Aug 17, 2015
Blind tasting is one of the most humbling yet crucial things a wine professional can do.
It forces concentration and engages your senses more than conventional tasting.
It illuminates the fact that when you cannot see the bottle, you are in essence walking around a room in the dark, feeling your way to get your bearings.
Your senses are heightened.
All professional tasters have a system.
Sight, smell and taste are the most obvious ways of analyzing, appreciating, discovering and even dismissing a wine.
I know, dismissing sounds a tad harsh, perhaps pompous, but dismissing is truly not what a good wine judge wants to do.
After all, every wine has traveled a long distance. From flower to berry to maturity and harvest, the grape, which makes the wine, then undergoes alcoholic fermentation and possibly a number of other human decided interventions such as ageing, barrel time, lees stirring, secondary fermentation et cetera, before bottling.
In many cases, it's just short of blood, sweat and tears.
None of this should be dismissed.
Unfortunately things go wrong, which is why a wine is passed over when being judged.
Personal feelings can also come into play.
That's why judging on a panel is imperative.
In mid-August I returned to Niagara, Ontario for the seventh annual InterVin International Wine Awards.
In conjunction with established Canadian wine magazine, Vines, InterVin has proven to be Canada's most significant international wine competition.
Each year the number of entries grows.
Considering this, for the 2015 competition, head judge Christopher Waters (founder and editor of Vines Magazine) increased the number of judges to form an additional panel.
Here is one of the most important facts about InterVin - each panel consists of a winemaker, a sommelier and one wine media. See the judges here
The significance is, each brings a different perspective to the table.
The sommelier is on the front line with the consumer. They are especially interested in wine and food pairing and what wine lovers are seeking in his or her restaurant.
The media judge is usually the one who tastes the most, the broadest and most diverse range of wines from around the world. They generally travel a lot and are conscious of new trends and are familiar with regional character.
The winemaker is the one with the most technical experience - how the wine is made, the cause of faults and the most gracious of quality wines.
Each is looking for balance, typicity of varietal and overall quality. But we also look for great value, wines you want to drink everyday - affordable wines.
I have judged in many types of competitions. Some, such as VinItaly, are much more constraining. Panels sit in rows (discussion is prohibited), sommeliers in full dress march like soldiers down each aisle, carafe firmly in hand and pouring each taste.
Others are much more casual, they take only a few hours to complete and similarly don't place as much emphasis on discussion or diversity of panel personality or experience.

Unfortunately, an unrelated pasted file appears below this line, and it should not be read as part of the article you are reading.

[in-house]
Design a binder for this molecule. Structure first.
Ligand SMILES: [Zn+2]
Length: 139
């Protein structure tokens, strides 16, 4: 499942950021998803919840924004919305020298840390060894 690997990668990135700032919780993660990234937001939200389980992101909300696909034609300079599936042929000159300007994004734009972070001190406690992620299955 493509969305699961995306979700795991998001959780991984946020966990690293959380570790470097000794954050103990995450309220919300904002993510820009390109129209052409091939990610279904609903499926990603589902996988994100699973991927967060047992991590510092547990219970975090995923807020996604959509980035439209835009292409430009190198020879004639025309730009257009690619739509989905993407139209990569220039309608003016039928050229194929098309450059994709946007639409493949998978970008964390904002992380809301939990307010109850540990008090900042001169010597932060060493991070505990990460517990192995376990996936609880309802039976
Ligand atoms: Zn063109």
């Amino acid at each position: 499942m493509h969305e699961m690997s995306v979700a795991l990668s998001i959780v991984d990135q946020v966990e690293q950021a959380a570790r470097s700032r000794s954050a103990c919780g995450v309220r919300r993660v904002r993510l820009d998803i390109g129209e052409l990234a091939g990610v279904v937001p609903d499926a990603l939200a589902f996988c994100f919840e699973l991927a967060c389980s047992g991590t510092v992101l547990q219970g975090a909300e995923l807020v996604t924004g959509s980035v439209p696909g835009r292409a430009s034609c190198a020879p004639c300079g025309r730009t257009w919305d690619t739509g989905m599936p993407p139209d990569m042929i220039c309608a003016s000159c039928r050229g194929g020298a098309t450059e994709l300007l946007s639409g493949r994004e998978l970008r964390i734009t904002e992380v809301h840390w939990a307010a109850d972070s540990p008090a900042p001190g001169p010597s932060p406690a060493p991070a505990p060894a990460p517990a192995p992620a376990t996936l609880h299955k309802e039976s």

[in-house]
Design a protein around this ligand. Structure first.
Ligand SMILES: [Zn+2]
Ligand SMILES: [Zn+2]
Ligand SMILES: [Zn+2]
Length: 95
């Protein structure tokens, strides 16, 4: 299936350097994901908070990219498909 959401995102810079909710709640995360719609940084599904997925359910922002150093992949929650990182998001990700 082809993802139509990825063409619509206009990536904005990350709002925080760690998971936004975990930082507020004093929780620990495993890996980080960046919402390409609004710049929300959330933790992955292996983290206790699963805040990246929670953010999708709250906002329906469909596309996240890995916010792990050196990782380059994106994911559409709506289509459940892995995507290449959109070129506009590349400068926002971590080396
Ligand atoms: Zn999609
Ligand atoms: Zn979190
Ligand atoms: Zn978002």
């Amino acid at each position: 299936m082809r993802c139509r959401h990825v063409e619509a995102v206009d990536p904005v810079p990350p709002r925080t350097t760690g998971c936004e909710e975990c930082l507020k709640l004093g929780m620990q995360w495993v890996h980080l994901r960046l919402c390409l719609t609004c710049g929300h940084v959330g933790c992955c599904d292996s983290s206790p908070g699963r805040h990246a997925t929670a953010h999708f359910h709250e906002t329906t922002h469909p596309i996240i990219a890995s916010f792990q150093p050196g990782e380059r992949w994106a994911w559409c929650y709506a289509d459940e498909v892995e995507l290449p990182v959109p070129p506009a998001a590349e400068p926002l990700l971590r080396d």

That's what makes InterVin so special.
Before judging begins
Before the tasting ever takes place, the head judge categorizes each wine and decides, when it will be tasted and in which flight.
A group of volunteers helps carry, sort and organize the wines in the days before the judges arrive.
The wines are labeled by flights and corresponding wine tags are printed for each wine in each flight. Wine tags are paper discs (shown at right), which fit around the stem of the glass at the base.
The volunteers are responsible for organizing wine flights on a trolley and bringing them out to each panel.
The wines are all evaluated before release to the judges - in case of a corked or otherwise faulted wine.
Each panel has their own table assigned.
Bread, crackers, sparkling and still water are provided as well as spit cups and a central dump bucket.
One person has been elected by the head judge to be panel head. The panel head is the one who tabulates the panel's results and needs to step in if a consensus cannot be reached.
Each person is given a judging sheet to write their name, the panel number and the flight they are evaluating at that time.
The sheet is divided up to allow each judge's tasting notes to be jotted down beside each number, which corresponds to the wine being tasted.
Generally each flight is between 10 and 15 wines. Sometimes, in rare situations, the flights are larger or smaller.
Each panel member tastes in a different order if possible. For example, from the middle outward or from right to left.
If any of the judges feels a wine is not showing well or is obviously faulted, a new bottle is opened.
Each panel tastes approximately eight flights per day - four in the morning and four in the afternoon. Each flight takes roughly 45 minutes.
Initially the judges taste the wines silently. After spending time, sniffing, tasting and taking notes on each wine, each judge gives the wine a score on the right hand side of the judging sheet.
A score of 12 means the wine is faulted.
A score of 13 means no medal.